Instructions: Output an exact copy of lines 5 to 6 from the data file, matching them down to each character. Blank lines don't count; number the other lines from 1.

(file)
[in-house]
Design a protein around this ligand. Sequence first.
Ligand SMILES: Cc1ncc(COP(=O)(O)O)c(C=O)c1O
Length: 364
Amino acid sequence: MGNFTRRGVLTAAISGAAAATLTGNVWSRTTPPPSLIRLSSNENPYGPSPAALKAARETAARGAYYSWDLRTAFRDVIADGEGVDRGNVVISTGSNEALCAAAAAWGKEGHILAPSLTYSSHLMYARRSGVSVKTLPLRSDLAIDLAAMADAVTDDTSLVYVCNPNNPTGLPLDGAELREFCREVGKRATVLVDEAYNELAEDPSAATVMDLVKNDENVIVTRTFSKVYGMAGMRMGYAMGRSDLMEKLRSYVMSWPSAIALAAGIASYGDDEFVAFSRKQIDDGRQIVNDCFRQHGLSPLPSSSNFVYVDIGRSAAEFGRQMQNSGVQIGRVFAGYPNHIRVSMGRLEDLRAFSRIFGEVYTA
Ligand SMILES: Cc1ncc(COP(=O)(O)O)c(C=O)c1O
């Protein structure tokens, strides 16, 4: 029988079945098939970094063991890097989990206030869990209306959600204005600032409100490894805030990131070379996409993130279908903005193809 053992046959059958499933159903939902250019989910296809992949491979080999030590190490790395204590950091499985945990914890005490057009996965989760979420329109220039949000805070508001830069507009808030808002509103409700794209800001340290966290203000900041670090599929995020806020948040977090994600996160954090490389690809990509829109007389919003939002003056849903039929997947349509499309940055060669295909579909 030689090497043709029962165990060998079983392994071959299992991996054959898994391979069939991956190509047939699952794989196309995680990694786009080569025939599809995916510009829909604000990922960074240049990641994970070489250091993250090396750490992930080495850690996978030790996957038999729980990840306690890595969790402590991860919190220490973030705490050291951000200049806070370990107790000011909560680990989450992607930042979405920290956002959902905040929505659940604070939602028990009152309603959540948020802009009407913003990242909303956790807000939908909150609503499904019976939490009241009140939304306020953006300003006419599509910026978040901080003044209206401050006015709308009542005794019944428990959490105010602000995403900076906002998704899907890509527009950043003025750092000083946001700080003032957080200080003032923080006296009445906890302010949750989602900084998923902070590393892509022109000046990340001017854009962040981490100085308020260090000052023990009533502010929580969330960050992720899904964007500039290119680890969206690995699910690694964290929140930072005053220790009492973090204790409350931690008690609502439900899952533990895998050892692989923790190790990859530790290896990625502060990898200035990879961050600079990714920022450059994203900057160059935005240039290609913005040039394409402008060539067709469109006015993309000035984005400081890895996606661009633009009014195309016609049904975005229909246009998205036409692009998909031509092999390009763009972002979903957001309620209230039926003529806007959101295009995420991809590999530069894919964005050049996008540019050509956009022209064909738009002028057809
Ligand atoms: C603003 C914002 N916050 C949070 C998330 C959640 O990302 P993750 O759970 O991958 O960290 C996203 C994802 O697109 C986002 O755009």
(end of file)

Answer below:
Amino acid sequence: MGNFTRRGVLTAAISGAAAATLTGNVWSRTTPPPSLIRLSSNENPYGPSPAALKAARETAARGAYYSWDLRTAFRDVIADGEGVDRGNVVISTGSNEALCAAAAAWGKEGHILAPSLTYSSHLMYARRSGVSVKTLPLRSDLAIDLAAMADAVTDDTSLVYVCNPNNPTGLPLDGAELREFCREVGKRATVLVDEAYNELAEDPSAATVMDLVKNDENVIVTRTFSKVYGMAGMRMGYAMGRSDLMEKLRSYVMSWPSAIALAAGIASYGDDEFVAFSRKQIDDGRQIVNDCFRQHGLSPLPSSSNFVYVDIGRSAAEFGRQMQNSGVQIGRVFAGYPNHIRVSMGRLEDLRAFSRIFGEVYTA
Ligand SMILES: Cc1ncc(COP(=O)(O)O)c(C=O)c1O